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Photo: Justin Sullivan/Getty Images

WeWork on Wednesday told employees that the company has plenty of access to capital and that it will keep its co-working buildings open so that its members can keep their own businesses running, according to an internal memo obtained by Axios.

The big picture: This comes after reports that WeWork's largest shareholder may bail on a $3 billion tender offer it had agreed to last fall, and as the coronavirus pandemic has made co-working less palatable to those seeking to follow social distancing recommendations.

Below is the full memo, signed by WeWork CEO Sandeep Mathrani and executive chairman Marcelo Claure (who also is a top SoftBank executive).

***************************

WeWork Team, 

When we joined WeWork, we emphasized that while this would not be an easy ride, we would ultimately be a stronger company in the end. Today, we want to clarify a few things. 

The press is mischaracterizing SoftBank’s commitment to WeWork based upon a tender offer update to shareholders SoftBank sent yesterday. That update reminded shareholders that certain conditions need to be satisfied for the tender offer to be completed. The conditions were agreed to last year. Certain conditions have not yet been met and Softbank has communicated that it expects all agreed-upon conditions to be satisfied before the tender is completed. Those are the facts. But more importantly, the Softbank tender offer has no bearing on Softbank’s funding commitment to WeWork itself and does not impact our current liquidity and financial strength of the business.

The tender offer is to WeWork shareholders – not to fund the WeWork business.

In terms of the actual funding of our business, let us explain each component: Softbank funded $1.5B in October 2019, backstopped a $1.75B letter of credit facility led by Goldman Sachs in February 2020, and committed an additional $3.3B in unused debt financing — $2.2B of which is an executed unsecured funding facility not conditioned on the tender offer and $1.1B is unexecuted and conditioned on the tender closing. SoftBank is WeWork’s largest shareholder and there should be no doubt in Softbank’s support of WeWork and the strategic five-year financial plan that we all continue to execute on together.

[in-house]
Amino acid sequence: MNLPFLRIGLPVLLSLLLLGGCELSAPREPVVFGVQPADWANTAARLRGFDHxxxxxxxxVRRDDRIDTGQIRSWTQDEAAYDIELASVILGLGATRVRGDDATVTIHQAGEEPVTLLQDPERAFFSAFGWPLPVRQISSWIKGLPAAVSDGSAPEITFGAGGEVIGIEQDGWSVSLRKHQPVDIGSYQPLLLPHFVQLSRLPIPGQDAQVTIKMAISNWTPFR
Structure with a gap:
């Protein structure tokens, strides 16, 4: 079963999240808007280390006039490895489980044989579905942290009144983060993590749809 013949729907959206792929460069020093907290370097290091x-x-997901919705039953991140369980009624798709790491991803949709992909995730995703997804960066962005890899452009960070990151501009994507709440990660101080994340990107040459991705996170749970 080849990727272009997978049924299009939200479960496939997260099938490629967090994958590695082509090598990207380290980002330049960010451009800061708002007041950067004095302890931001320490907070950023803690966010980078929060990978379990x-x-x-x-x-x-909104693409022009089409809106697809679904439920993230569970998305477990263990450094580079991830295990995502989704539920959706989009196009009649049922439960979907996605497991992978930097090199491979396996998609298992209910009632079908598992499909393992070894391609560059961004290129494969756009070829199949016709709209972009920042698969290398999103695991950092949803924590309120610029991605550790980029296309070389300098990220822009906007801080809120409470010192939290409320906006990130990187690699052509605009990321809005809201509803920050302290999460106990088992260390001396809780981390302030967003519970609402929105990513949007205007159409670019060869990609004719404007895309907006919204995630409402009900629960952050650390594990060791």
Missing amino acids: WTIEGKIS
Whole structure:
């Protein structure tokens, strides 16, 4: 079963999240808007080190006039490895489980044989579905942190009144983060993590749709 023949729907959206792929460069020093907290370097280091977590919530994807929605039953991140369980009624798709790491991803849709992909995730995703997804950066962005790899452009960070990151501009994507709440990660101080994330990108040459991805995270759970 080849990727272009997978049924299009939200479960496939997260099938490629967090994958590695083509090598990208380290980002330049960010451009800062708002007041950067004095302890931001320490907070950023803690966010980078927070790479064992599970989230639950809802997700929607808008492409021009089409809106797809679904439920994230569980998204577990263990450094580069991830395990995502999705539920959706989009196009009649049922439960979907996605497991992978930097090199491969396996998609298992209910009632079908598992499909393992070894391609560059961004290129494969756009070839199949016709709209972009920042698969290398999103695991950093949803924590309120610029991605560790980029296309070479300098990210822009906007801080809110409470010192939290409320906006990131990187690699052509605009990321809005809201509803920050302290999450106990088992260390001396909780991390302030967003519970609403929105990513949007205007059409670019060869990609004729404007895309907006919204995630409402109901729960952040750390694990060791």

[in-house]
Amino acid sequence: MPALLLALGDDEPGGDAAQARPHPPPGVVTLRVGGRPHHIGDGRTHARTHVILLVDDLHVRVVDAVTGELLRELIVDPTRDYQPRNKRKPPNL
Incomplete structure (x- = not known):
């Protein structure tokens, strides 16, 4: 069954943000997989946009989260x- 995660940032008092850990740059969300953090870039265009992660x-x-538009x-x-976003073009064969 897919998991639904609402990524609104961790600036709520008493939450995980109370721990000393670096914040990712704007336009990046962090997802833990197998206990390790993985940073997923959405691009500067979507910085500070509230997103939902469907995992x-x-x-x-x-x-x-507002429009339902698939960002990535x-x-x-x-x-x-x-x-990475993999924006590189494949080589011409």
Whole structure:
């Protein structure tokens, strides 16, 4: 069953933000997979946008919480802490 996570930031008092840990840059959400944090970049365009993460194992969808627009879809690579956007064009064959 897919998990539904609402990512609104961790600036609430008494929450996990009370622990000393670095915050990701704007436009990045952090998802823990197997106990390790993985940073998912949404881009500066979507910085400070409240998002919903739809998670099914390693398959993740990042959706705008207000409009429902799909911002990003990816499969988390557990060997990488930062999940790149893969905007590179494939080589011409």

With that said, the world is changing quickly and like every other company, we too are evaluating how best to manage these turbulent times and are assessing a range of potential actions to ensure we remain well positioned to succeed in both the near and long-term. The current environment also reinforces the importance and urgency of WeWork becoming a profitable and self-sustaining business.

With the COVID-19 outbreak, we know the past few weeks have been challenging — to say the least. Everyone has been asked on short notice to adjust so much of their lives. Schools have closed, forcing many parents into substitute teaching. From restaurants to playgrounds, stadiums and places of worship, our normal gathering places have shuttered. Grocery store clerks, emergency room doctors, delivery truck drivers, and so many more have been thrust to the front lines to keep our communities functioning as best they can. And for the rest of us, it’s natural to worry about how our friends, neighbors, and loved ones will weather these uncertain times.